The Spaniards did all possible to discourage trading across the Pacific to New Spain or Peru, for this would not only imperil Spanish shipping and compete with Spanish merchants in the colonial markets, but would constitute a serious political menace by the possible founding of establishments on the American coasts. They were as anxious to forbid trans-Pacific naviga- tion to Orientals as to Europeans. A memorial drawn up in by the leading citizens of Manila declared among the ad- vantages to be derived from the proposed conquest of China the prohibition of Chinese voyages to New Spain and Peru.
More serious in its possible consequences was the trading voyage made by some Dutch and English ships to the Mexican coast in The Spanish documentary material on this subject is contained in legajo , A. The regime of exclusion was aheady drawing to a close, and it was only a few decades before the Russians began their voy- ages from Alaska down the CaUfornia shore.
Maritime ethics and customs were changing," and the great pretension of Spain to the monopoly of the Pacific had been unmasked. The pernicious doctrine that one nation might dominate such an expanse of sea gave way before the rise of more liberal ideas on maritime rights, as well as before a display of naval force. In this regard Cook and his compeers did in the Pacific the work that Voltaire and the other French philosophers did in Europe. Though he would have found in the galleon an alluring objective for his wild cruise, he was apparently ignorant of its existence.
Pasfield Oliver London, IMd,, p. A translation of this work by Dr. Herbert I. From early times foreign navigators of various stamps had entered the Pacific in defiance of Spanish prohibitions. After the middle of the eighteenth century foreigners sailed about the Pacific at will, and they were men of a new stamp. In the first years of the line no provision was made for the protection of the galleons beyond placing small arms in the hands of those on board.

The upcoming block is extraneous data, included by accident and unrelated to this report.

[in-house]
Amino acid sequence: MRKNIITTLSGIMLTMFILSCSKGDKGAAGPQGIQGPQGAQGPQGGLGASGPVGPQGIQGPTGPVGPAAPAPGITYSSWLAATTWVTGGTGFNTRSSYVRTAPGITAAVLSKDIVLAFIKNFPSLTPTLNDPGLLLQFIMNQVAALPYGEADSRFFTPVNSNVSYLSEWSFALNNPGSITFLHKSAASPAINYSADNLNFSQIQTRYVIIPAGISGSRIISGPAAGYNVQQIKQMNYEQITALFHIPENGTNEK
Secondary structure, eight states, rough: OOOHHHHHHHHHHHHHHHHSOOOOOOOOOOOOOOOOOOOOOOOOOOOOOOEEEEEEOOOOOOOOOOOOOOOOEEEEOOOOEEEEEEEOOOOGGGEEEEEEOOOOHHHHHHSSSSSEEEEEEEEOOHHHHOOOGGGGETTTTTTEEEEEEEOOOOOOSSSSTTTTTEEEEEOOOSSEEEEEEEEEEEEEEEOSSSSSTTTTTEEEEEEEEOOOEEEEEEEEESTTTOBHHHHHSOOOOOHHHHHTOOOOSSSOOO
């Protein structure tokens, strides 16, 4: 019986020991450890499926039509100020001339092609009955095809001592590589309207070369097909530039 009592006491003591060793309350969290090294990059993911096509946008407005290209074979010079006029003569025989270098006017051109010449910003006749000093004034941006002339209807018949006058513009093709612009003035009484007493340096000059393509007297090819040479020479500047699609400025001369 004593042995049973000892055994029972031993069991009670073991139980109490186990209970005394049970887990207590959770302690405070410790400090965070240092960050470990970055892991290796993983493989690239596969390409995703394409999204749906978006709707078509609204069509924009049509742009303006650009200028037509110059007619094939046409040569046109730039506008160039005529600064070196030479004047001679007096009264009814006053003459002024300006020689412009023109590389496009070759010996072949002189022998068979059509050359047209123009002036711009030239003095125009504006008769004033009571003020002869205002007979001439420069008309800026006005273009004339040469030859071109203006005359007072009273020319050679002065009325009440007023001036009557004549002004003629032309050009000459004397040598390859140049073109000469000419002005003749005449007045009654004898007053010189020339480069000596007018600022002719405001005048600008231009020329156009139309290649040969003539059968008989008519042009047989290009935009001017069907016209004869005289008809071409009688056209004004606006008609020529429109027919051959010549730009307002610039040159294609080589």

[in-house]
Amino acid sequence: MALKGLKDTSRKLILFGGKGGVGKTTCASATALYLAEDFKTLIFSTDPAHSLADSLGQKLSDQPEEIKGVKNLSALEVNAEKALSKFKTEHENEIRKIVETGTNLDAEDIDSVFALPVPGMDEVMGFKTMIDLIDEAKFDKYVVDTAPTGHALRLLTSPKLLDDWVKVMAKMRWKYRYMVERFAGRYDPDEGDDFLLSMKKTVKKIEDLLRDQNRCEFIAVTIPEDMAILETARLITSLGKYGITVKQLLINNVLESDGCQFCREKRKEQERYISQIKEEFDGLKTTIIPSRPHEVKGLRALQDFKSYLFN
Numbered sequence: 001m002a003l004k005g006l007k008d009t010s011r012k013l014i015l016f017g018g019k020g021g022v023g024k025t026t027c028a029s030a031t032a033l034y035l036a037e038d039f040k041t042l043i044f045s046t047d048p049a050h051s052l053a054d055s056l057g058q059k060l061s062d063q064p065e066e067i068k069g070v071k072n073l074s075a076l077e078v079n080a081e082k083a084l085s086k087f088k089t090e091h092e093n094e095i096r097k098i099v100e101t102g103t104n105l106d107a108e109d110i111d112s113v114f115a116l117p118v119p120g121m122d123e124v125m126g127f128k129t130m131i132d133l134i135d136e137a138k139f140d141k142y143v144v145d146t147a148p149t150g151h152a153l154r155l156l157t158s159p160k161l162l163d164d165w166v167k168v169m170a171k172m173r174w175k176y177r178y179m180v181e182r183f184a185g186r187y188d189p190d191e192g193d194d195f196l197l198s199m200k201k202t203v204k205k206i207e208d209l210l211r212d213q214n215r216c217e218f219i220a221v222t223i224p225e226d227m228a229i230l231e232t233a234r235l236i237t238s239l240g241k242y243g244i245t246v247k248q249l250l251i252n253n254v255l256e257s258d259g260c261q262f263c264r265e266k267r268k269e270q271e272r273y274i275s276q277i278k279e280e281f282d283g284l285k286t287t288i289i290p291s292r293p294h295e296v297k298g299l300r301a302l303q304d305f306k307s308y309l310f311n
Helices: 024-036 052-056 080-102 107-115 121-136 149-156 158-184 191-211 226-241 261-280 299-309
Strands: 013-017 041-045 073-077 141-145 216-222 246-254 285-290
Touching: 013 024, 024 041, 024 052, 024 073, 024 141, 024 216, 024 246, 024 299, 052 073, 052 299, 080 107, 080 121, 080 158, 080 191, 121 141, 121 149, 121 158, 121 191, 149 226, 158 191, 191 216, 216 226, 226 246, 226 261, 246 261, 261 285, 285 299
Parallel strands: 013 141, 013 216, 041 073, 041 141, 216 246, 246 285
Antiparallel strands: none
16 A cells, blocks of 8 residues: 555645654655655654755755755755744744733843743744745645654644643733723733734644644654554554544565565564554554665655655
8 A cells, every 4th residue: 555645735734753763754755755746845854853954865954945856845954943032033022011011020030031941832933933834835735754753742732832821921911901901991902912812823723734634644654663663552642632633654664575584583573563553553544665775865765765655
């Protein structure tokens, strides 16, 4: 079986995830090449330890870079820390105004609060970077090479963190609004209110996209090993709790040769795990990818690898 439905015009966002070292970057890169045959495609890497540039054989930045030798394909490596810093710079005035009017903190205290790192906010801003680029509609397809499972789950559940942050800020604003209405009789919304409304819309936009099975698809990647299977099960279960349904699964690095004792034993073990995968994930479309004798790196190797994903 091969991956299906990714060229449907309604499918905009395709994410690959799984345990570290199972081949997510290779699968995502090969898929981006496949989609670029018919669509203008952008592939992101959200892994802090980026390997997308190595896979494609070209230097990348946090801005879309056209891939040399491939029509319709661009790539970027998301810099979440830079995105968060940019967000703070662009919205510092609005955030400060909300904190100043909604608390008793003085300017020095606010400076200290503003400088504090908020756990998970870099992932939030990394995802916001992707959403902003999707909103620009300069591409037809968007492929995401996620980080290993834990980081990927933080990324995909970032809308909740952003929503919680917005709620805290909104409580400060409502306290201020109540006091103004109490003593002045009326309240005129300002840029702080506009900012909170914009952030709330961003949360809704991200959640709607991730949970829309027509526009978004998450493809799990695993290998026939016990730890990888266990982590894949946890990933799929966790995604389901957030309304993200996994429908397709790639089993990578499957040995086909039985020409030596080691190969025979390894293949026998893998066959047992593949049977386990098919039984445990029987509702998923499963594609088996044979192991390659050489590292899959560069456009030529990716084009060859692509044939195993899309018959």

It was with such an armament that the Santa Ana tried to stand off Cavendish's Englishmen in However, the shock caused by the incursions of Drake and Cavendish led to the adoption of more serious measures of defense. A law of assured to the gunners of the Manila GaUeon the same privileges as were enjoyed by those in the carrera de Indias.
However, in spite of the excellent cannon cast at Cavite, across from Manila, the galleons seldom sailed with a sufficient equipment of guns. For the sake of the additional lading space which the omission of the guns would permit those in charge were willing to risk the chances of attack. Whatever guns were carried were often stowed away in the hold, while the decks were piled high with bales and chests of merchandise. In case of a sudden attack under such circumstances as occurred with the Santissima Trinidad, a sixty gun ship that fought with but ten in position, the result for the galleon was calamitous.
On the outward passage from Acapulco greater precautions were usually taken to prepare for emergencies. At this time the ship had also the advantage of the small arms of the re-enforcements on the way out to the islands. Convoys were seldom resorted to, unless the danger to the galleon was quite imminent. Serving as marines, they were not only bound to defend the nao in case of need, but were sometimes added to the garrison at Ma- nila, instead of accompanying the galleon on its return voyage. This precaution was neglected the moment the course was believed to be free from enemies.